Today we’d like to introduce you to Michelle Gootkin.
Thanks for sharing your story with us Michelle. So, let’s start at the beginning and we can move on from there.
I did not have an easy or typical start to a career in music at all. In my third year of college, I realized my passion for music was something I should pursue. I’m not the creative type, meaning I didn’t want to make music myself, but instead I wanted to work with people who did. After I graduated, I moved back home to figure out how I was going to do this with no experience, no connections, and no idea what it was I even wanted to do in music at all. What I did know, however, was that I wanted to work in dance music specifically. This was problematic, though, as dance music is so niche in the music industry, that picking this genre was going to be difficult to tap into. I struggled for months after moving home. I worked for an online music publication where I wrote articles about shows I attended and news happening in the dance music world. I was able to interview artists and make small connections with managers and publicists, but nothing seemed to truly boost me in my career. Surprisingly, it wasn’t until I went to a yoga class with my mom when everything changed.
I was chatting with someone about how I wanted to work in dance music when a younger guy, about my age, who was sitting behind me butted into our conversation. He apologized for interrupting but asked if I had just said the words “dance music” and told me he was just finishing up an internship for a company that works with dance music artists. He told me if I was interested, he could connect me with his boss and set something up. Uhm. YES. Long story short, his boss became my boss and I interned for a company that does radio and club servicing. I did this for about five months, traveling from Westlake Village to West Hollywood 4 times a week. This was a great experience- I was working on campaigns of some of my favorite artists. I truly thought this was my ‘in’ to the music industry, and to an extent it was. But after those five months were over, I found myself back at square one. I was unemployed again looking for a job in music and I still didn’t really know what I wanted to do. It was like this for months. I started to think that music wasn’t meant to be and I was truly about to give up and choose a different industry to work in. Until my next wave of luck came.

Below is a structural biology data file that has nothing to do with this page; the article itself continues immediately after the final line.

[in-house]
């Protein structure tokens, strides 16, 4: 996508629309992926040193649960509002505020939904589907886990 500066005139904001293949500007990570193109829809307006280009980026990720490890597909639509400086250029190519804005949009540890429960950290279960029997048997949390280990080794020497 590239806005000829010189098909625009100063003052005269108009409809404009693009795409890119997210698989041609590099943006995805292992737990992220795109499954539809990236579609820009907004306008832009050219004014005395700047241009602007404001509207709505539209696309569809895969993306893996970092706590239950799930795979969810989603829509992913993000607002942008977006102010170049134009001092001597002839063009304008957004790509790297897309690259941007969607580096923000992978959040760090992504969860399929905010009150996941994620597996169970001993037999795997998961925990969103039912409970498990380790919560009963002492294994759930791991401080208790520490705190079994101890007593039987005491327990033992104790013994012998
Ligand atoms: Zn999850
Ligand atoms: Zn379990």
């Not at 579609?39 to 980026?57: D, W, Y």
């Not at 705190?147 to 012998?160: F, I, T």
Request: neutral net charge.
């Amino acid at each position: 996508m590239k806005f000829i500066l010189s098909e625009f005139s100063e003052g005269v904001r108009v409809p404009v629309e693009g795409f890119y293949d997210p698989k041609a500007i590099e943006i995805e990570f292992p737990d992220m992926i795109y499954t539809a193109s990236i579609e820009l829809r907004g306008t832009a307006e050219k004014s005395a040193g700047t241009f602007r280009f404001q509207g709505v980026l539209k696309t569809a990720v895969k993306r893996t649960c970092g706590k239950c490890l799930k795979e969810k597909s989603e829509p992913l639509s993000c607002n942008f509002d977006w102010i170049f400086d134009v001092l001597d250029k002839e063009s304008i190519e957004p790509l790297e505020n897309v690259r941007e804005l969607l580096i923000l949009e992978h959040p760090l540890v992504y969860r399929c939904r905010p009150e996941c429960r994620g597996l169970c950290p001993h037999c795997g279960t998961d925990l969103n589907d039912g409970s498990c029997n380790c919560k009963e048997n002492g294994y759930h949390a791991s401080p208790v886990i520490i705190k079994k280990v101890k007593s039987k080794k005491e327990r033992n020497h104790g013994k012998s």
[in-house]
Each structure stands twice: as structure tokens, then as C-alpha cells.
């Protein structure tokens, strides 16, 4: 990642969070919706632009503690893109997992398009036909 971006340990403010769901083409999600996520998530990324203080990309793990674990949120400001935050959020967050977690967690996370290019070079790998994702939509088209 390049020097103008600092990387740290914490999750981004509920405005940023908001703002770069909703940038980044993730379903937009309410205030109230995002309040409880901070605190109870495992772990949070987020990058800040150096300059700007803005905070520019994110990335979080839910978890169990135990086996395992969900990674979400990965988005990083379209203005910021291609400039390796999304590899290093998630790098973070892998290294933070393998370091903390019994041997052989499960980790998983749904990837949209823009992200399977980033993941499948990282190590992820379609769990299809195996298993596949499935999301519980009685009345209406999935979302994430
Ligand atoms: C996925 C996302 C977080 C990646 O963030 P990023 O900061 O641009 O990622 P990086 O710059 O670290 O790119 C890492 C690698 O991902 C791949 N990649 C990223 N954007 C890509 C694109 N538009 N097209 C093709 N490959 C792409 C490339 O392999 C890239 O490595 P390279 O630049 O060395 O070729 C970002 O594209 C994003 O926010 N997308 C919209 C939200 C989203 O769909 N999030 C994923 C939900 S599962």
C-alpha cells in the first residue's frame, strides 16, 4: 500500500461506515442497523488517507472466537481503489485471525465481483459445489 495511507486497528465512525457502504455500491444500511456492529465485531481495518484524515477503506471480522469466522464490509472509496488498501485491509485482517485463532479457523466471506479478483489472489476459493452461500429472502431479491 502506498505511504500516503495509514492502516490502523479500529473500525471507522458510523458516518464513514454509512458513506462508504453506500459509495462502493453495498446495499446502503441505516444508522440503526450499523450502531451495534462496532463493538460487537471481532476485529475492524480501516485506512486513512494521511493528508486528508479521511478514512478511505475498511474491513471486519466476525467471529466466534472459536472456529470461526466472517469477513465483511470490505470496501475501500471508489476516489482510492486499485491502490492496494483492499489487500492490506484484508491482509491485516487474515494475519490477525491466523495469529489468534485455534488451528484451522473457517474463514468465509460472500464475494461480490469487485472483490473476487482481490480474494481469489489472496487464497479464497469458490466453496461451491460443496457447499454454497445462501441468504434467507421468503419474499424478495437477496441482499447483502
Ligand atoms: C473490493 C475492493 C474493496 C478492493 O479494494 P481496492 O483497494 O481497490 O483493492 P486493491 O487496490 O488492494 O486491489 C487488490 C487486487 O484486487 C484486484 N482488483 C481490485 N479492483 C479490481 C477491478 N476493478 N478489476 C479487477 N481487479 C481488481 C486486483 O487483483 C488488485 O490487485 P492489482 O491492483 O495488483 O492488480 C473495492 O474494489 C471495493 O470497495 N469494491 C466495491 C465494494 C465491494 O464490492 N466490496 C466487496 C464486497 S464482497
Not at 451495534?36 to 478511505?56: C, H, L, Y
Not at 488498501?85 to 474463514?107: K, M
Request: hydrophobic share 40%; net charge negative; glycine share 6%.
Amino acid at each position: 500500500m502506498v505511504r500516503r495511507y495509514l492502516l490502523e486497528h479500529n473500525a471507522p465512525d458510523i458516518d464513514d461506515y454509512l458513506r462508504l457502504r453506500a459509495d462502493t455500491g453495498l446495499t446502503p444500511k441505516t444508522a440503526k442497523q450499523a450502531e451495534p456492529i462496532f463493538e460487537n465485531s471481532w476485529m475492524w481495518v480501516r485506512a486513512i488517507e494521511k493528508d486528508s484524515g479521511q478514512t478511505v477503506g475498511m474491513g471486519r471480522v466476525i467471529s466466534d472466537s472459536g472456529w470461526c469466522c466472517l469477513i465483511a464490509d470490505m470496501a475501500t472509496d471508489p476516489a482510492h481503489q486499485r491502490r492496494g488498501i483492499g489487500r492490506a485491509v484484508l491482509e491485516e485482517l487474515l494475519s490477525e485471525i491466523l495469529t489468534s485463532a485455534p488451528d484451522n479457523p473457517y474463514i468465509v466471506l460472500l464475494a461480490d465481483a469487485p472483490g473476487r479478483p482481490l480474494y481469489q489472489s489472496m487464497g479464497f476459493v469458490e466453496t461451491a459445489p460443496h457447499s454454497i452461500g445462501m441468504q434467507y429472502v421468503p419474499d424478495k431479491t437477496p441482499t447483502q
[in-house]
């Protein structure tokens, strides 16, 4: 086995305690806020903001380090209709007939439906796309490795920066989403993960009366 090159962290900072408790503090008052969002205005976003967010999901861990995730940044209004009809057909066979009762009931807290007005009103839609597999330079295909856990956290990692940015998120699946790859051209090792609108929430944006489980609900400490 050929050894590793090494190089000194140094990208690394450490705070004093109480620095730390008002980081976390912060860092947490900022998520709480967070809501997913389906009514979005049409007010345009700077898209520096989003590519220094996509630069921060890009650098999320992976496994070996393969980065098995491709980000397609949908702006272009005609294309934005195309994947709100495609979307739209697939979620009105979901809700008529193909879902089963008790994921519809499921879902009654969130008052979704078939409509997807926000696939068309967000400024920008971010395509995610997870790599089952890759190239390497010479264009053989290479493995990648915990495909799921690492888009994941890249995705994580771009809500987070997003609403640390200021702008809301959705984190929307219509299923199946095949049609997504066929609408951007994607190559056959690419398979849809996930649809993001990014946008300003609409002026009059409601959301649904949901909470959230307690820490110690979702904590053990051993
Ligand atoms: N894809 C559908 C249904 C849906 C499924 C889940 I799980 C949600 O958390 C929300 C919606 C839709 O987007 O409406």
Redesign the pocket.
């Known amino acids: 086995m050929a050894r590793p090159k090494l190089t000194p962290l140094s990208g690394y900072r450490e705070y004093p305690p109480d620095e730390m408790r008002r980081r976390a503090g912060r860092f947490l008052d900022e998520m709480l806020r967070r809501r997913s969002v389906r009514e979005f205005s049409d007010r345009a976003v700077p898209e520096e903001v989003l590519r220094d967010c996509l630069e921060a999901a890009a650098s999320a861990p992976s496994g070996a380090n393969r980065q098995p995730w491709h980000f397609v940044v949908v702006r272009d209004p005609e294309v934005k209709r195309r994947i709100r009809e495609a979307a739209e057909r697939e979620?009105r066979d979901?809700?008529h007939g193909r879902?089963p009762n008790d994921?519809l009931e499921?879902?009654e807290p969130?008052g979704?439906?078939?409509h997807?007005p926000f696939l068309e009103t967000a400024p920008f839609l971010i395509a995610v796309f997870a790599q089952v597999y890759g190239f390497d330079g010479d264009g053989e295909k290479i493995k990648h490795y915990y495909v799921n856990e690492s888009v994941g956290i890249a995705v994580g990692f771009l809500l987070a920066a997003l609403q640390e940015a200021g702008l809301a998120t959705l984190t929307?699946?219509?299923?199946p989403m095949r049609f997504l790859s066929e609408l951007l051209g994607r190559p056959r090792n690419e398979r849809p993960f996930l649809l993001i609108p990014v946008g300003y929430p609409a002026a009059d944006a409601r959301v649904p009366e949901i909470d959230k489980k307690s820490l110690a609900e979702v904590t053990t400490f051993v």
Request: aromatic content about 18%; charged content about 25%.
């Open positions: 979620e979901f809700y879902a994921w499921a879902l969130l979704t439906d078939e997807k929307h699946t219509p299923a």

Fortunately, while I was interning I was able to make some connections to various executives in the biz. One day I received a very random Facebook message from a woman I had spoken to only once before. She sent me a job application posted by another woman who had just reopened her music marketing agency. At this point, I felt there was no way I would get hired since I had been rejected so many times before; but told myself this would be the last one. If it didn’t work out here, I’ll do something else. Spoiler alert- it worked. I was hired as an assistant to a woman whose clients included some of the top names in dance music. I was on multiple artist’s teams helping them market their music to the world. I stayed there for over a year where I eventually moved up to a junior project manager. Sometime in here I also moved into Los Angeles to be closer to the scene (+ the commute was killing me).